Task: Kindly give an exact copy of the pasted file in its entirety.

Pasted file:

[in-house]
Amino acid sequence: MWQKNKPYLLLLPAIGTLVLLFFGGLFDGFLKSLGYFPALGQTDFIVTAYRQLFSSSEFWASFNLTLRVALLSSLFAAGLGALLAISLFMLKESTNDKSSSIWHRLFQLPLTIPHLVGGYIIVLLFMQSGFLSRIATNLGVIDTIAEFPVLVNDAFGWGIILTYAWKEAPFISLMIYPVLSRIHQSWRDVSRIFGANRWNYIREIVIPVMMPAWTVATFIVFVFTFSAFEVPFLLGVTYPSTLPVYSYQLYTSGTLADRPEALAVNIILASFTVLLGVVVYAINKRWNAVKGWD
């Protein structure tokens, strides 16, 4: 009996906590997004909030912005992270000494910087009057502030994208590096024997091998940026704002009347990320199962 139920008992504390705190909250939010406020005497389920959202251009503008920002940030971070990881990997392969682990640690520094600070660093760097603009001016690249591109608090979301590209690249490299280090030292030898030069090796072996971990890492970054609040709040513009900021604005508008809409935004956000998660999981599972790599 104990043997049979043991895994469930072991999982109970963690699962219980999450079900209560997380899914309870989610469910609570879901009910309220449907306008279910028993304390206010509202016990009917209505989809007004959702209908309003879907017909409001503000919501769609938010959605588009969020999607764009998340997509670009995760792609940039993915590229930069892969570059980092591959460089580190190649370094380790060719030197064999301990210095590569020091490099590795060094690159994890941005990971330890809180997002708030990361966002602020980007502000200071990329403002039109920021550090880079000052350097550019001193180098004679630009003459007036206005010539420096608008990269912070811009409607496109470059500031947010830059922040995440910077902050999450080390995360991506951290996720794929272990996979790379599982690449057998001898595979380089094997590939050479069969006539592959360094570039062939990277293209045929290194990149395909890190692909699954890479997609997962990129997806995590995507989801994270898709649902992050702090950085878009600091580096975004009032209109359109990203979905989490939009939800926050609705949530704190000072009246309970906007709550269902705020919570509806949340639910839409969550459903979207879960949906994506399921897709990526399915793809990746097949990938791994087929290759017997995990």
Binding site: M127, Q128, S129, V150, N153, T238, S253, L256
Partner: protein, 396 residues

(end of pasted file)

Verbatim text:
[in-house]
Amino acid sequence: MWQKNKPYLLLLPAIGTLVLLFFGGLFDGFLKSLGYFPALGQTDFIVTAYRQLFSSSEFWASFNLTLRVALLSSLFAAGLGALLAISLFMLKESTNDKSSSIWHRLFQLPLTIPHLVGGYIIVLLFMQSGFLSRIATNLGVIDTIAEFPVLVNDAFGWGIILTYAWKEAPFISLMIYPVLSRIHQSWRDVSRIFGANRWNYIREIVIPVMMPAWTVATFIVFVFTFSAFEVPFLLGVTYPSTLPVYSYQLYTSGTLADRPEALAVNIILASFTVLLGVVVYAINKRWNAVKGWD
């Protein structure tokens, strides 16, 4: 009996906590997004909030912005992270000494910087009057502030994208590096024997091998940026704002009347990320199962 139920008992504390705190909250939010406020005497389920959202251009503008920002940030971070990881990997392969682990640690520094600070660093760097603009001016690249591109608090979301590209690249490299280090030292030898030069090796072996971990890492970054609040709040513009900021604005508008809409935004956000998660999981599972790599 104990043997049979043991895994469930072991999982109970963690699962219980999450079900209560997380899914309870989610469910609570879901009910309220449907306008279910028993304390206010509202016990009917209505989809007004959702209908309003879907017909409001503000919501769609938010959605588009969020999607764009998340997509670009995760792609940039993915590229930069892969570059980092591959460089580190190649370094380790060719030197064999301990210095590569020091490099590795060094690159994890941005990971330890809180997002708030990361966002602020980007502000200071990329403002039109920021550090880079000052350097550019001193180098004679630009003459007036206005010539420096608008990269912070811009409607496109470059500031947010830059922040995440910077902050999450080390995360991506951290996720794929272990996979790379599982690449057998001898595979380089094997590939050479069969006539592959360094570039062939990277293209045929290194990149395909890190692909699954890479997609997962990129997806995590995507989801994270898709649902992050702090950085878009600091580096975004009032209109359109990203979905989490939009939800926050609705949530704190000072009246309970906007709550269902705020919570509806949340639910839409969550459903979207879960949906994506399921897709990526399915793809990746097949990938791994087929290759017997995990």
Binding site: M127, Q128, S129, V150, N153, T238, S253, L256
Partner: protein, 396 residues